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Short sale underlined in notebookFor people who are looking to purchase their first or second home, buying at a time when housing prices are low is very appealing. However, there is one issue that can commonly occur when trying to buy a home during this time: short sales.

A short sale occurs when the person selling the property isn’t able to recuperate the amount that they still owe on the home in the sale. When this happens, the lien holders must agree to accept less than the debt that is still owed, in order for the property to sell. Here are some of the issues with trying to purchase a short sale home…

Approval wait times

Getting a short sale approved can take quite a while, if you are seeking out a loan to do so. In general, you can expect to wait anywhere between 1 to 2 months, at least, for approval on a short sale. Sometimes, these wait times can stretch all the way out to a year, or even longer.

The problem with this amount of waiting is that the interest rate that you thought you were going to get on a home could easily change, for better or worse, which could mean that you no longer qualify for your loan, even after you are approved to be able to buy the home. That level of uncertainty can make some people skeptical about going for a short sale.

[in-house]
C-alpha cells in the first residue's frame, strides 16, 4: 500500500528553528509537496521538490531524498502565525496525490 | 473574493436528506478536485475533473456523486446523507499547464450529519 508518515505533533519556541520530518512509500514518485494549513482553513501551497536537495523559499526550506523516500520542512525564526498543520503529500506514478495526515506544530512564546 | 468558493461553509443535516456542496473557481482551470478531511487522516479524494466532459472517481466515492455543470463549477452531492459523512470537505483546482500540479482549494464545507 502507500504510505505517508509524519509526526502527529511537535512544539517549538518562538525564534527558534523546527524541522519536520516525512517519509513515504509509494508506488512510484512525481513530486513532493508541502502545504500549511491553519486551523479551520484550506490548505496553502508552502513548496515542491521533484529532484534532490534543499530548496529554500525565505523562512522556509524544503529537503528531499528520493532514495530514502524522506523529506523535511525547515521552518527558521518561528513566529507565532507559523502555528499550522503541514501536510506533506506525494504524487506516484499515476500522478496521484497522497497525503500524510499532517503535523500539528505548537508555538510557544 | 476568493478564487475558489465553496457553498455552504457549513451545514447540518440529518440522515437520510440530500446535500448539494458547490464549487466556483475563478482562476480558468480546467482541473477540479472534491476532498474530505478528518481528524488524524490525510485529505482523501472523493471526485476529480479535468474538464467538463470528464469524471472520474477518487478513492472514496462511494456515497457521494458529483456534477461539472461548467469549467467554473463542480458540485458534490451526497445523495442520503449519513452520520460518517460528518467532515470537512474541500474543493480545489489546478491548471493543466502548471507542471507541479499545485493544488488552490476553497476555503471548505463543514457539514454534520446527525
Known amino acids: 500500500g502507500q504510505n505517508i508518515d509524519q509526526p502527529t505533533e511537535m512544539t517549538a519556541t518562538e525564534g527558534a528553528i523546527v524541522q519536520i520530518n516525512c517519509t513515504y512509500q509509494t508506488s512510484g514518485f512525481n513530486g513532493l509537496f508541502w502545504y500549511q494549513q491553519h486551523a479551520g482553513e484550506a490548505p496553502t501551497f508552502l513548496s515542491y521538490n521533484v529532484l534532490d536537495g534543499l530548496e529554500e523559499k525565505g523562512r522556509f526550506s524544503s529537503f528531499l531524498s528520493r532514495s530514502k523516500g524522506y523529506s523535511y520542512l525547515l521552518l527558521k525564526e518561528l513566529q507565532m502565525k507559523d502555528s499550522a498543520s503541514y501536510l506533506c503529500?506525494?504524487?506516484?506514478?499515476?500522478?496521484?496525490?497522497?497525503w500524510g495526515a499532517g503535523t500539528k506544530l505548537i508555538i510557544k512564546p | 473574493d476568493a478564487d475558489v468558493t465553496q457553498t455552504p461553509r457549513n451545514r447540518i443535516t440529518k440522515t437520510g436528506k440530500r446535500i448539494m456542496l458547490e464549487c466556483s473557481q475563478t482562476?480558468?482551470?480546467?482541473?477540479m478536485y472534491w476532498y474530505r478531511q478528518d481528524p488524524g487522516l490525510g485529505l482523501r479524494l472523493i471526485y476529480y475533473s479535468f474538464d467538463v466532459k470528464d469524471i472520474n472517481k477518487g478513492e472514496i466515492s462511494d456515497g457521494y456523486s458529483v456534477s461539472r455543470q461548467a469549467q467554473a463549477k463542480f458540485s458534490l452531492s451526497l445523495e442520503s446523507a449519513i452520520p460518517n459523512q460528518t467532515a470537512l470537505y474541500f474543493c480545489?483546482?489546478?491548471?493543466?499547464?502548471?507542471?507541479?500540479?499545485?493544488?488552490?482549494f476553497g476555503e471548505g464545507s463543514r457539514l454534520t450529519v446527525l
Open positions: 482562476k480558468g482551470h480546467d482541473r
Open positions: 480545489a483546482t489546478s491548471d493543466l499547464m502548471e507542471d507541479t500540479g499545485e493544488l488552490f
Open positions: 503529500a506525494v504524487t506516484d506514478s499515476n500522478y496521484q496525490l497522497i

No guarantees on repairs or closing costs

In an ideal scenario, when you make an offer on the house, you can make sure that the seller of the home is obligated to fix certain aspects of the home. However, for a short sale, it can be hard to get these obligations down. This means that you could end up getting a home that is less functional than you initially hoped for. In addition, you are almost never going to find a short sale where the seller is willing to cover the closing costs of buying a home.